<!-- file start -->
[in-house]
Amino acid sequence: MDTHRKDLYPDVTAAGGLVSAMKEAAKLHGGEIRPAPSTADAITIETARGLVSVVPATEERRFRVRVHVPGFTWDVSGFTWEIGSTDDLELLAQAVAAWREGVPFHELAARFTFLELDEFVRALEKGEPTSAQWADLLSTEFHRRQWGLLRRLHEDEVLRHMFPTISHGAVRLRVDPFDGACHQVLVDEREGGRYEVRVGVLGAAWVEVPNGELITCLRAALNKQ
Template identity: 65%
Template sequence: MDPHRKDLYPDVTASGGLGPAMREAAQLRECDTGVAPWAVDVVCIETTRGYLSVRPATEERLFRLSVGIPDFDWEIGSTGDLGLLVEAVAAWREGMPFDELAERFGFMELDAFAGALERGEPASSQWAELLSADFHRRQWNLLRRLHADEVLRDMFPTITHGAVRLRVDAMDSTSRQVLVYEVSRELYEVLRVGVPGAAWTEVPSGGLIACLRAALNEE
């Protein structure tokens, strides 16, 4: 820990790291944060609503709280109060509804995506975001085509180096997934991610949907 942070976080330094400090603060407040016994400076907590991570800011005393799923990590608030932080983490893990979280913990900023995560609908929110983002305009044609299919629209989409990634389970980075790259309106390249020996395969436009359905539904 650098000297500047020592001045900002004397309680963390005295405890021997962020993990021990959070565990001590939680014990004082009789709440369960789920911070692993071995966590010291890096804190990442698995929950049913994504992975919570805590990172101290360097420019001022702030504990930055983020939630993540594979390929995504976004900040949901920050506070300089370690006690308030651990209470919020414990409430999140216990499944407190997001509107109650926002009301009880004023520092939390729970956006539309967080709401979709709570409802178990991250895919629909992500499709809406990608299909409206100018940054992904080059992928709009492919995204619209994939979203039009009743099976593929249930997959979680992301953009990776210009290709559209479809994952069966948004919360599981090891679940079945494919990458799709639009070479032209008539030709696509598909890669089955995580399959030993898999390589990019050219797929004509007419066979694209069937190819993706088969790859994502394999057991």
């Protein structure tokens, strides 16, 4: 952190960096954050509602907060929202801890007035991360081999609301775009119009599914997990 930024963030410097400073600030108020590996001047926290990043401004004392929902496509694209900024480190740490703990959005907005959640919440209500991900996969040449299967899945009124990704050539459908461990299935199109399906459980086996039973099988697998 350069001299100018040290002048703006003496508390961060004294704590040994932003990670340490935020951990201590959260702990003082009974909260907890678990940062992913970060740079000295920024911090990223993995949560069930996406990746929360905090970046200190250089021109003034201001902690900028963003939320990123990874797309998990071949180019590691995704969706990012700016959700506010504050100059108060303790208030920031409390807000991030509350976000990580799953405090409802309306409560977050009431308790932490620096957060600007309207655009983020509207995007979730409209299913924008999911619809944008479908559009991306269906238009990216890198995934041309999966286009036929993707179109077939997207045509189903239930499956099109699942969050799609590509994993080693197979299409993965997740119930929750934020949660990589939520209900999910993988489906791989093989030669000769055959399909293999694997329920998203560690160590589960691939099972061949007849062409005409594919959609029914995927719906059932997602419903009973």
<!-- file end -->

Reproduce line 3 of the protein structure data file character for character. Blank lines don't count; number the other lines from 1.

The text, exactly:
Template identity: 65%